So while there may be a myriad of reasons to criticize the musical, I don't know if indignation over not treating missionaries with the respect they deserve is one that will ring true.  In fact, if you watch the clip below, I would bet dollars to donuts that the creators of The Book of Mormon musical were actually influenced by this portrayal of the missionary companions when creating their characters.  Physically, they are similar, and the dynamic is similar.  The only difference is that the stories veer in drastically different directions...  

 

 

Edited by cinepro

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10 minutes ago, cinepro said:

I'm not a fan of The Book of Mormon musical and so this shouldn't be taken as a defense of it in principle.  But I'll just point out that its depiction of missionaries as zealous rubes and bumpkins has root in LDS culture itself, most prominently shown in the popular 1970's stage play/early 90's video/ mid-2010s movie "Saturday's Warrior". 

I can't help but wonder if Parker/Stone cribbed from Saturday's Warrior when developing The Book of Mormon musical.  The overlapping characterizations of the missionaries in both shows seems rather obvious (main missionary is tall, handsome, idealistic, naive, and companion is shorter, chubby, nerdy).

Quote

I've seen the play a few times with presumably predominantly LDS audiences, and I assure you people are laughing and enjoying the portrayal of the missionaries. 

Same here (though I haven't seen it in quite a while).  But the goofiness of the missionaries in SW is a trivial side bit, not a central conceit of the overall narrative.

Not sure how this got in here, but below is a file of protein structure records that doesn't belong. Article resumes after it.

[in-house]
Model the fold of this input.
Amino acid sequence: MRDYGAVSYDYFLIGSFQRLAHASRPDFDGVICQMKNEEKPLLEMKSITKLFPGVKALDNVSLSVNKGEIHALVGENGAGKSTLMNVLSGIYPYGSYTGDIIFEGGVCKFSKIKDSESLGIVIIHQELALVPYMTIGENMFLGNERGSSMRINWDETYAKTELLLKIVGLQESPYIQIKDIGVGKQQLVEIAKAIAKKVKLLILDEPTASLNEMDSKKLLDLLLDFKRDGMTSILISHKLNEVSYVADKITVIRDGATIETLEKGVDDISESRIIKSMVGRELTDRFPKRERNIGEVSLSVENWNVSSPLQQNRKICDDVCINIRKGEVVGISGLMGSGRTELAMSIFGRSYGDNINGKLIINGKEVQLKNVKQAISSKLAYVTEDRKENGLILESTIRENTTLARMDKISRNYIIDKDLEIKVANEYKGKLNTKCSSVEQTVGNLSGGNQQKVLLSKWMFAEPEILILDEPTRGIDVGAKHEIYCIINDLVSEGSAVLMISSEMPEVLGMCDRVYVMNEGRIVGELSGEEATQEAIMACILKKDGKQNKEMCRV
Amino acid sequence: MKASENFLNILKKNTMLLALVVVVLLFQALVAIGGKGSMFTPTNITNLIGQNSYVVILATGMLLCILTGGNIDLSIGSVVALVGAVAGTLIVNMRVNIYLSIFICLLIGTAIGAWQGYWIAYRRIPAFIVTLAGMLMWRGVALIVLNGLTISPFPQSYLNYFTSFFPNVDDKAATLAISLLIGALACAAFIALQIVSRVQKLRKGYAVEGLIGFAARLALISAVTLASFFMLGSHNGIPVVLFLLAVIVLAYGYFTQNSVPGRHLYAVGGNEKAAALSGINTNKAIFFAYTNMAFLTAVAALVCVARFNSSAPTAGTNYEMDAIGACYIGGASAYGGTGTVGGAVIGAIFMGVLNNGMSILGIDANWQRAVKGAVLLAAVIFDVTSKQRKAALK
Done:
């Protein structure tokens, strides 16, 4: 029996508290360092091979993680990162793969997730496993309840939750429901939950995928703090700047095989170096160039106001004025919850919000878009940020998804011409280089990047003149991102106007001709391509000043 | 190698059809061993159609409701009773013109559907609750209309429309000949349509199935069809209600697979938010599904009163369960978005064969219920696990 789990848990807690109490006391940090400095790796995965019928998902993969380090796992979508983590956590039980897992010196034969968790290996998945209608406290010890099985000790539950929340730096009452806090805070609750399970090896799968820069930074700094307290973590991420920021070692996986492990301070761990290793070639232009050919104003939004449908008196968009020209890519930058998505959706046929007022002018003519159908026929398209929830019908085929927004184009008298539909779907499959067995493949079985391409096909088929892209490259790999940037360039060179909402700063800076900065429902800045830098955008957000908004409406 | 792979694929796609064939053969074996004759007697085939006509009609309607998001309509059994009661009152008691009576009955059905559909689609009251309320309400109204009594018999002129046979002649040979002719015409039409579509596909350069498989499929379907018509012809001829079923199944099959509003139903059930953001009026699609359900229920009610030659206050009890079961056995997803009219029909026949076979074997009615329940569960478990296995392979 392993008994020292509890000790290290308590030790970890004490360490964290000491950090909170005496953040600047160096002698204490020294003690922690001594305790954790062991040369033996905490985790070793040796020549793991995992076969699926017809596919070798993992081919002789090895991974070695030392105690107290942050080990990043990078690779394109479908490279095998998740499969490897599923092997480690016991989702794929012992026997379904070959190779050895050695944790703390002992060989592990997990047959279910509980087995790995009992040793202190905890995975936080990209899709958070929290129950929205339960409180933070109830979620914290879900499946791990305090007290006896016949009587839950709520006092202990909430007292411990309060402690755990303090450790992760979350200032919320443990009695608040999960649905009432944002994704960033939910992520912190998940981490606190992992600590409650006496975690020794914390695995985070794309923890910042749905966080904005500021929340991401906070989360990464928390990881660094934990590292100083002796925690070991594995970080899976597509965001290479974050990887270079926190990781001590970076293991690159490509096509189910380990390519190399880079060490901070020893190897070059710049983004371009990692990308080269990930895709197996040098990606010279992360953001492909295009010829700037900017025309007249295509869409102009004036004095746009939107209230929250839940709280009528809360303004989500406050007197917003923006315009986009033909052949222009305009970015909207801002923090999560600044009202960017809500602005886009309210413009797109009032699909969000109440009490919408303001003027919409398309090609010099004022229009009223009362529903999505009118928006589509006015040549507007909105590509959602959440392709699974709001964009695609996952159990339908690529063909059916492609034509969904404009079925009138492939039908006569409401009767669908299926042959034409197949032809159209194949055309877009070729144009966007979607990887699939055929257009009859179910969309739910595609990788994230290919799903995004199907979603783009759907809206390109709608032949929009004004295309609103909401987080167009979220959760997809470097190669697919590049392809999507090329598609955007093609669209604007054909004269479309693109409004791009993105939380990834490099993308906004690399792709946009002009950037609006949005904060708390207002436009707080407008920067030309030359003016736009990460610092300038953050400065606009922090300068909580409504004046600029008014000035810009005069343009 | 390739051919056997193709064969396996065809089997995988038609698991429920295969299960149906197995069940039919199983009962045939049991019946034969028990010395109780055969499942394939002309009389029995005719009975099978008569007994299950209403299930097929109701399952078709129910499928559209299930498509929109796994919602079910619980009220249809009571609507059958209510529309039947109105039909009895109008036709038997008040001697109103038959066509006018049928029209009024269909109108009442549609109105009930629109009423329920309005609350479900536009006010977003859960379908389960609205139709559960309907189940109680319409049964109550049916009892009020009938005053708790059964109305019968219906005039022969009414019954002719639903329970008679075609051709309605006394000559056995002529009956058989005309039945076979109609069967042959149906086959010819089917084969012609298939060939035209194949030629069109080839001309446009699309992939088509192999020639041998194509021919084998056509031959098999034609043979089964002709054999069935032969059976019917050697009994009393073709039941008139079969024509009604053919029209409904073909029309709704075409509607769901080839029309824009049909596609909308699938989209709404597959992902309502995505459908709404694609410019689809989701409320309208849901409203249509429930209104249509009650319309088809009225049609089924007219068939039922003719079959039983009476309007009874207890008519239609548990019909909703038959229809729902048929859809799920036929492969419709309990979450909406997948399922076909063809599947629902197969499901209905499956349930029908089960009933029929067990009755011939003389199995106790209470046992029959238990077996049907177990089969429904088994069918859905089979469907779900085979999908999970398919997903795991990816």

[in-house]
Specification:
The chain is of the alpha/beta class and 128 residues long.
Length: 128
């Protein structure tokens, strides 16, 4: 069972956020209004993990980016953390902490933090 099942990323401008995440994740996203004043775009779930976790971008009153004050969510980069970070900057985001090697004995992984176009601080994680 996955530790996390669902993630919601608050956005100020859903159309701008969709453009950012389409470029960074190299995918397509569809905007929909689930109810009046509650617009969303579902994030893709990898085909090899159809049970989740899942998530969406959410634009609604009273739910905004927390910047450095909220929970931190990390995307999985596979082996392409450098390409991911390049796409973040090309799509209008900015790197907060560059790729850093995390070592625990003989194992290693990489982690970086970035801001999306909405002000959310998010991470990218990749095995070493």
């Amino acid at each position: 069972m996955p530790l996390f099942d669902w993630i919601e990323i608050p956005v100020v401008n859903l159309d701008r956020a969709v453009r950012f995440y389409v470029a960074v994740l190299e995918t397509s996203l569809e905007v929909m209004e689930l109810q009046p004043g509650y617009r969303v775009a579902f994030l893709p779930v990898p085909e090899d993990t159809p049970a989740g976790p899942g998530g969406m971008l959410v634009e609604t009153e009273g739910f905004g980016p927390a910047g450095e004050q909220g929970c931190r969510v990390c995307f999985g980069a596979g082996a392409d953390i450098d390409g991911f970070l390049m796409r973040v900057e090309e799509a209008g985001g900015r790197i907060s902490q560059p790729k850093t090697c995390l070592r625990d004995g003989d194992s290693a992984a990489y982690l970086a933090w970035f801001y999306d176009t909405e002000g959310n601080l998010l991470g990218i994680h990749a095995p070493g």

Quote

So while there may be a myriad of reasons to criticize the musical, I don't know if indignation over not treating missionaries with the respect they deserve is one that will ring true:

It's not indignation.  It's not about the lack of respect.  it's about the central conceit being false, as not ringing true.

Thanks,

-Smac

Edited by smac97

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1 hour ago, smac97 said:

First, let me explain what I mean by "conceit":

By way of example, consider Star Trek: The Next Generation, one of my favorite childhood TV shows, which involved future spacefaring humans who traveled to the far reaches of the galaxy and regularly interacted with other species who were usually remarkably similar in form and appearance to humans, and also spoke English.  These two "conceits" were pretty much standard fare throughout the TV series.  These were necessary, I think, for the production of a weekly TV show.  Budgetary constraints probably limited the producers in terms of developing alien species that were, in their appearance, singular and non-humanoid.  So they'd usually put some weird clothes on these aliens-of-the-week, perhaps a few prosthetic embellishments on their noses or eyes or foreheads, and call it good.  The same goes for the boy-it-sure-is-handy-that-nearly-everyone-Captain-Picard-runs-into-speaks-perfect-English conceit.  The Enterprise crew made occasional reference to some sort of technology called the "Universal Translator," but by and large they interacted with alien species by using good ol' American English (except for Captain Picard, the French guy sporting a British accent).